GDPR, the new EU regulation, has come to effect and it brought the requirements to build in a considerable amount of changes.
This new EU regulation, although primarily focused on technical aspects having to do with data collection, processing, and data storage, requires other important activities to be addressed.
Specifically, GDPR demands your attention on several areas and activities that have little to do directly with what you are required to develop to comply, but rather with third-party tools you’re using and other areas that are closer to UX concerns.
So what are these 4 lesser-known yet key activities you need to take care?
1. Discuss the situation with third-party service providers
As GDPR is all about data and privacy, first and foremost you’ll need to understand how all service providers managing user data you work with are going to approach GDPR. Especially, you should inquiry them on what they’ve done related to GDPR compliance.
If you’ve some technical background and a good understanding of GDPR, you might want to jump on a one-to-one call with their developers and present them with their respective plugin/tool and just ask. If you’re not feeling comfortable doing that, you can hire a developer do that on your behalf and report back to you. WordPress developer and Codeable expert Robin Scott explains how to go about it:
As part of this call, I’d suggest asking the developer of that tool, or the company behind that tool, something along the line of: ‘We think your tool or this task within your tool is against GDPR. What measures did you take?’ It could be the case that they might satisfy you say: ‘Well, actually here’s the opt-in, it shows up on the screen just before checkout. If people opt-in, we store their data. If they say no, we turn it off.’
Third-party providers you want to engage with about GDPR compliance:
- Third-party scripts provider
- Shipping handlers and partners
- Plugin developers collecting and storing user data you currently use (or plan to use)
- Emailing service providers
Given how great the domain of GDPR is for a website or online store, a major revision of your current documentation around user data and privacy is also required. As Chapter #3, Art. 12 dictates, you should convey all of the information pertaining to how you handle and process user data in a way that’s:
- In clear and plain language
- Easily accessible
- Free of charge
Here’s a good example provided by the ICO:
3. Use consistent icons (and wait until standard icons are being implemented)
Explicit consent to obtain personal information is the cornerstone of GDPR, although not the only lawful basis you could use. Any website or store – yours as well – collecting personal data and information will have to carry icons that will facilitate your users understand in detail what consent they’re about to give. Robin explains:
It’s very specific in the GDPR: icons should be consistent. And what the creators of GDPR mean by this is they would like to see a global standard coming up for icons related to personal data. There is nothing in place yet but I think quite quickly we’ll start to see it springing up because they want to create a standard.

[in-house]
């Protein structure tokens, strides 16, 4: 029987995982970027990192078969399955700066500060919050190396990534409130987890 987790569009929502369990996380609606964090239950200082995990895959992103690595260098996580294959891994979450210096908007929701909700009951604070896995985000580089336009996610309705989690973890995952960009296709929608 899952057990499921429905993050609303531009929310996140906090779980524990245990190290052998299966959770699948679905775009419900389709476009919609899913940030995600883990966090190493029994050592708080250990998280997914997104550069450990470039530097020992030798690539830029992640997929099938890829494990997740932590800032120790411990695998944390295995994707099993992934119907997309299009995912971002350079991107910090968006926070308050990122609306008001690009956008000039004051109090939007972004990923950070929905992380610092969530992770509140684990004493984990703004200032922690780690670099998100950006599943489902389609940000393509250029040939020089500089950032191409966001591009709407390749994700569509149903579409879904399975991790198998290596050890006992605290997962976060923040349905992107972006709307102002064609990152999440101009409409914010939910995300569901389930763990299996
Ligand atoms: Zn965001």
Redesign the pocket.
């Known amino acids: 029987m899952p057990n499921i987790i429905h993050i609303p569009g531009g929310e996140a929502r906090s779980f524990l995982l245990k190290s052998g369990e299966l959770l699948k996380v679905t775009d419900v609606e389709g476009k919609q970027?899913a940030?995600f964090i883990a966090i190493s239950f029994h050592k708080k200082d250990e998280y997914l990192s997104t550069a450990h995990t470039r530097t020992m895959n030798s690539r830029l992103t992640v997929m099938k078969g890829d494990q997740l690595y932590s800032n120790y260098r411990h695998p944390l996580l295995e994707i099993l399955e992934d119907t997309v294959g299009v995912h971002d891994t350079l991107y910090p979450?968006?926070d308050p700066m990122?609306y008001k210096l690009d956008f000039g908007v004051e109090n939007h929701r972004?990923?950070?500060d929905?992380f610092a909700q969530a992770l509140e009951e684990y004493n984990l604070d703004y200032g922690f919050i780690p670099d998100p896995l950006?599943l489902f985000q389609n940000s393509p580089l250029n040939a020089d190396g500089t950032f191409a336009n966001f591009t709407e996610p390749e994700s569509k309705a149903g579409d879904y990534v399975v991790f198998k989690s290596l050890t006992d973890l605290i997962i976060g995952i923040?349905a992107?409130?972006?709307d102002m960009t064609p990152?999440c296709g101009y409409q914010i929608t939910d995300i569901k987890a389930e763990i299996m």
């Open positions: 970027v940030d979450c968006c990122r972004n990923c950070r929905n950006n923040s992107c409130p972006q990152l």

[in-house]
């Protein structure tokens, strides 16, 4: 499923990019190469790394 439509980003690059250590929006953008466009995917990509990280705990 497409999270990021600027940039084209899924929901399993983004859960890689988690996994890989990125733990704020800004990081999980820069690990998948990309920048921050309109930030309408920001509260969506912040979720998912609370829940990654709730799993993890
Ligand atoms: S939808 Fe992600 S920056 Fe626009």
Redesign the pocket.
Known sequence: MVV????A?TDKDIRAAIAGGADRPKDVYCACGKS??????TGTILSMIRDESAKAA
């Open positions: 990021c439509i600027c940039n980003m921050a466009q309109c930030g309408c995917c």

The benefits of standard icons
Once people start getting accustomed to seeing a new set of icons for they privacy concerns, that is the right time to have a UX specialist and a designer have these icons designed and put on to your website or store allowing the users to know and be at ease with the change. Robin pitches in:
Visitors to your website will start to get used to them. They’ll start to say: ‘Okay, this is a consent about how my data is being used.’ They will either pay attention to it, or they’ll blindly tick the box because they’re already used to it.
4. Embrace the trial and error approach until clearer guidelines are available
All the changes that accompany the new EU regulation are not going to be immediate. They will be implemented slowly and website owners, store managers, and developers themselves will have to see which ones are the most imperative to deploy first and which ones can be implemented afterward.
Since the EU hasn’t provided any clear and factual guidelines businesses can refer to in a standard way. Many aspects covered by GDPR will require a different approach from your part, where temporary uncertainty and trial and error workflows to implementing the new requirements might temporarily drive your future choices.
As a result, you should keep informed about the latest news and use cases about GDPR but also be ready to act fast into addressing what you ought to have to make your WordPress website or WooCommerce store GDPR-compliant.
GDPR is an important piece of legislation that shook a lot of what the market knew and used to do in its day to day flow of transactions, communications, data gathering, and so on.
The earlier you start preparing your business for GDPR, whether it is a WordPress website or a WooCommerce store, the least will be the impact of this earthquake on it.
This blog post features Robin Scott, an experienced WordPress developer who’s also one of the founders of Silicon Dales, an agency focused on WordPress, WooCommerce, and a variety of other services. Robin has specialized in several areas such as Custom Plugins, Gravity Forms, Hosting Transfer, Maintenance, and WooCommerce Extensions, just to name a few.